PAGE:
Ardian snaps up LIFTKET; PSG Equity adds Dokify to Nalanda; Lottomatica shares tumble

LIFTKET is a supplier of electric chain hoists and control systems.

We’ve got a nice selection of deal news this morning. Ardian picked up a majority stake in a supplier of electric chain hoists, while PSG Equity’s portfolio company Nalanda, a provider of risk and compliance management software, acquired an add-on. On the side of industrial tech, Sullivan Street Partners, along with Souter Investments, will acquire a London-based diagnostic services company.

There are some people news to report on too, as The Riverside Company announced a promotion for Riverside Europe.

We’ll also check in on the Lottomatica shares, following Europe’s largest IPO this year.

Heavy lifting

Let’s start off with some movement. Ardian has acquired a majority stake in LIFTKET, a supplier of electric chain hoists and control systems, from Afinum.

Based in Wurzen, Germany, the company employs 300 people across the development, production and sale of its products. LIFTKET’s management team, led by CEO Jürgen Dlugi, will reinvest significantly as part of the transaction.

Afinum, a Munich-based investment firm that first invested in LIFTKET in 2016, will become a minority stakeholder in the company.

“Combined with the company’s strong performance, its broadly diversified customer base, which operates in growing markets such as the stage sector, and the fragmentation of its international markets, has created significant growth opportunities,” said Marc Abadir, managing director at Ardian.

The transaction will help LIFTKET solidify its market position in Europe and North America, and expand its market share in Asia, according to a release.


Next up, we have an add-on. PSG Equity’s portfolio company, Nalanda, a supplier of risk and compliance management software for the construction and adjacent industries, announced the acquisition of Dokify.

Madrid-based Dokify is an occupational health and safety (OHS) document management and supplier compliance platform. The company has a strong market position in Spain, according to a release, across sectors such as distribution, industrials, energy, and logistics and transportation.

Nalanda, also headquartered in Madrid, was acquired by PSG in 2021.

The combined group will have more than 70,000 customers across 16 countries, including Spain, Portugal, Poland, Norway, Italy, United Kingdom and France.


Moving on from software to industrial technology. Sullivan Street Partners, along with Souter Investments, will acquire Tracerco, a diagnostic services company, from Johnson Matthey for around £55 million (€62.38 million; $68.85 million).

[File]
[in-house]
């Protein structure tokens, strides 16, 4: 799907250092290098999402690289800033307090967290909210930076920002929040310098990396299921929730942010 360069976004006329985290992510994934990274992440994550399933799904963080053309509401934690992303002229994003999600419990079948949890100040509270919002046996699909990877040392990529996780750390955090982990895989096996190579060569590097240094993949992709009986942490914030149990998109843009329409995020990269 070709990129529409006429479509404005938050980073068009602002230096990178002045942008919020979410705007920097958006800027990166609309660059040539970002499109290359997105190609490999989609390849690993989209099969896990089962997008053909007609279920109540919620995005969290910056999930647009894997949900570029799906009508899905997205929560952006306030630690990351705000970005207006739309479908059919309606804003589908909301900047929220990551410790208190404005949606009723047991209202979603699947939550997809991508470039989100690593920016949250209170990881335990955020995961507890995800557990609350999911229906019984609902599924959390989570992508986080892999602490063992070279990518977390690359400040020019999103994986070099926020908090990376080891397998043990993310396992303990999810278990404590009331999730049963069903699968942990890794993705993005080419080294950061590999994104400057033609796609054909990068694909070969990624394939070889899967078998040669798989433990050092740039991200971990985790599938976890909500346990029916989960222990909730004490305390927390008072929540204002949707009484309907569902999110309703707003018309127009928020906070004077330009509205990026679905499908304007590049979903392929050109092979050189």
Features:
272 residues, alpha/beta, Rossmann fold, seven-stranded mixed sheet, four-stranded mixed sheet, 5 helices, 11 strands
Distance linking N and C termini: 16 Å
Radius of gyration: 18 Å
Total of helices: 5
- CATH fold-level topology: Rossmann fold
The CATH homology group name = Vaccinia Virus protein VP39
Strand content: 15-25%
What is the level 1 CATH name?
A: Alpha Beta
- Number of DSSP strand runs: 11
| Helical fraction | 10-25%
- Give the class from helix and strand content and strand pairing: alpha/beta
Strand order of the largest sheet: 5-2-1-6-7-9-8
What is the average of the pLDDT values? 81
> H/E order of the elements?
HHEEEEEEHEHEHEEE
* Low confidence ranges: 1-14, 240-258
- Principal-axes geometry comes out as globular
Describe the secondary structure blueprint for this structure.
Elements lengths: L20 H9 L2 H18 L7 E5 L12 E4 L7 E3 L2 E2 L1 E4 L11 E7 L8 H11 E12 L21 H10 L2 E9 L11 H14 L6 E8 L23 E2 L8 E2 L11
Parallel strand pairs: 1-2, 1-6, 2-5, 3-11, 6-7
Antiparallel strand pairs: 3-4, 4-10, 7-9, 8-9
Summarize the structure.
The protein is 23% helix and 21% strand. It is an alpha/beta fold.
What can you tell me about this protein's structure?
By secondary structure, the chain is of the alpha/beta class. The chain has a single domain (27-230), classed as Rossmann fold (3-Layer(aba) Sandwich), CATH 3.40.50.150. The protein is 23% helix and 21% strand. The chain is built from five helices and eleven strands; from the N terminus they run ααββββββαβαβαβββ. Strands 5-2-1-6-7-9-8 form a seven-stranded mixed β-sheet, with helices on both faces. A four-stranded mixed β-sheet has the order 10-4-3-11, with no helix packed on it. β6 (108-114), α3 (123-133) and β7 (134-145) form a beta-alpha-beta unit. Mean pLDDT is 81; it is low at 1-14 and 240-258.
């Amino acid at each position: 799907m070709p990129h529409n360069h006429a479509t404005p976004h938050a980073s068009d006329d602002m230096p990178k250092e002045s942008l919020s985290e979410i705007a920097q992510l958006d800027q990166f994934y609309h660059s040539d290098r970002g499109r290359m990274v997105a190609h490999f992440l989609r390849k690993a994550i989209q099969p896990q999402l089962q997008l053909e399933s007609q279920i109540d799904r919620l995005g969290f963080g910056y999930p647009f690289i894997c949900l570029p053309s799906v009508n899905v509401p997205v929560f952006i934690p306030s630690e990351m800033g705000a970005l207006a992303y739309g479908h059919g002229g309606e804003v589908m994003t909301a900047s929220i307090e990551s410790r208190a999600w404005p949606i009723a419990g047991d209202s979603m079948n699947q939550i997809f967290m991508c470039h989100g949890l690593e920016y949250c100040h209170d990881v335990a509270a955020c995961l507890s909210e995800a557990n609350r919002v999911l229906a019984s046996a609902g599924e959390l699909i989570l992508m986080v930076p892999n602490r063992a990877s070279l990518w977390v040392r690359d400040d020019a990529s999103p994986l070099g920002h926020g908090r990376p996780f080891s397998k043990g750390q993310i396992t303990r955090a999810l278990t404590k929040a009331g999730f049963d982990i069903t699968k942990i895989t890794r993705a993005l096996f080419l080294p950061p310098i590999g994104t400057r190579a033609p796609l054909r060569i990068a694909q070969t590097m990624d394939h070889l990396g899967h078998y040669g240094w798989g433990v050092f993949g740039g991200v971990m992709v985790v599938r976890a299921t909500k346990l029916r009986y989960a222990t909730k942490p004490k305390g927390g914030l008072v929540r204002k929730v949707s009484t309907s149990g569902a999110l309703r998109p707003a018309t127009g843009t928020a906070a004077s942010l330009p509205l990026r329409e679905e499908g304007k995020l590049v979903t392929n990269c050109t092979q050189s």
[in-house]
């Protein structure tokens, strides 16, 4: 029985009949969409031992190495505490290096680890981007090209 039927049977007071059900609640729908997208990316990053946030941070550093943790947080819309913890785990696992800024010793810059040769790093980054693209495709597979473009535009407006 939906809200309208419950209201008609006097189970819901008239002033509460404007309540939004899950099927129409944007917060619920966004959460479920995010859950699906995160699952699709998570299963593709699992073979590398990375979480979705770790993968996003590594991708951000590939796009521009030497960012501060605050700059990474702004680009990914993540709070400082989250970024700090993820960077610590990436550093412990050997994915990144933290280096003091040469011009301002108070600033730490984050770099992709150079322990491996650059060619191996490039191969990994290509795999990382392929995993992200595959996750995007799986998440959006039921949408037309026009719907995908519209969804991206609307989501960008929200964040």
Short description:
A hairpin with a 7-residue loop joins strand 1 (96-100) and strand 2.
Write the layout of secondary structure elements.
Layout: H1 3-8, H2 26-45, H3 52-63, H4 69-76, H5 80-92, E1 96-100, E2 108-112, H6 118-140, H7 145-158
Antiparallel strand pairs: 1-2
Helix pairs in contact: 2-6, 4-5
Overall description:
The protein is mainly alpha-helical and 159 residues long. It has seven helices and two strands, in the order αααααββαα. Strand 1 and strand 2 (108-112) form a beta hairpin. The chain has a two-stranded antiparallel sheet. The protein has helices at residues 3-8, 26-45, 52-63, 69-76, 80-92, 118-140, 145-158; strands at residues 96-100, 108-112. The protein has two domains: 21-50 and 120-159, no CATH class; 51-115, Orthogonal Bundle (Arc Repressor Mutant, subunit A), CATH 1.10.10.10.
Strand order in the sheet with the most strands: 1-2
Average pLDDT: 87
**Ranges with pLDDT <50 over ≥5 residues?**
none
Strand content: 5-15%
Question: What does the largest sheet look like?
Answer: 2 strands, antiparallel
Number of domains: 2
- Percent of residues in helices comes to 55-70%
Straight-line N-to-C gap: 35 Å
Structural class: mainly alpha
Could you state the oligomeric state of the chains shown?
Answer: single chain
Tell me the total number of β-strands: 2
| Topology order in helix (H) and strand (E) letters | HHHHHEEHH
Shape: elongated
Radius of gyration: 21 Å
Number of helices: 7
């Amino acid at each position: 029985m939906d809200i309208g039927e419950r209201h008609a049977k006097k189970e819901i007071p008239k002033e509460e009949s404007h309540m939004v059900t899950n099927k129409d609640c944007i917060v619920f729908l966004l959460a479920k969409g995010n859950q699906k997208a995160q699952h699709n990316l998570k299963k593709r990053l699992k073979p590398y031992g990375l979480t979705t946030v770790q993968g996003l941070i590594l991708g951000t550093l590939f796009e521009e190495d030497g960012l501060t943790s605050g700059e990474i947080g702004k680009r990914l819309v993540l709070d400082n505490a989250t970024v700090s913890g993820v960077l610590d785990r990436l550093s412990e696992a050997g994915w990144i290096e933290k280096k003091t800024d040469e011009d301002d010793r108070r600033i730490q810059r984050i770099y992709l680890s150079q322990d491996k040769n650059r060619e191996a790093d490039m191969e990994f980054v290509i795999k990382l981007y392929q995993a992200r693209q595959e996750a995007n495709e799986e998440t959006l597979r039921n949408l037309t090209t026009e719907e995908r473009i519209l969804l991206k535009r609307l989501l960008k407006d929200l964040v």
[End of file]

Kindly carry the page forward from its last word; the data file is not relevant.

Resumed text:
London-based Tracerco provides specialised detection, diagnostic and measurement services.

Sullivan Street will support Tracerco’s separation from Johnson Matthey and to establish it as a standalone company, according to a release.

“This transaction reflects Sullivan Street’s focus on primary deals requiring operational insight and carve out experience,” said Zeina Bain, managing partner at Sullivan Street.


The Riverside Company has appointed Ali Al Alaf as managing director and head of origination for Riverside Europe, effective immediately.

Al Alaf will report directly to Karsten Langer, managing partner at Riverside Europe.

“Since joining Riverside, Ali has been a key member of our European origination team, initially as part of the research team and more recently as senior originator in the Nordic region, where he was responsible for originating several investments,” said Langer.

Al Alaf will be responsible for sourcing new platform and add-on investments across the continent, and co-ordinating with the North American origination team and other Riverside teams globally, according to a release.

Prior to joining Riverside, Al Alaf worked at Ebury Partners, and Chrystal Capital Partners.

Checking in

We’ve been following Apollo-backed gambling company Lottomatica Group’s Milan IPO here on PE Hub Europe. On its first day of trading on the Milan stock exchange on Wednesday, the shares opened at €8.50 ($9.4; £7.5), down from the IPO price of €9.

If you want to catch up on our Lottomatica coverage, you can take a look here.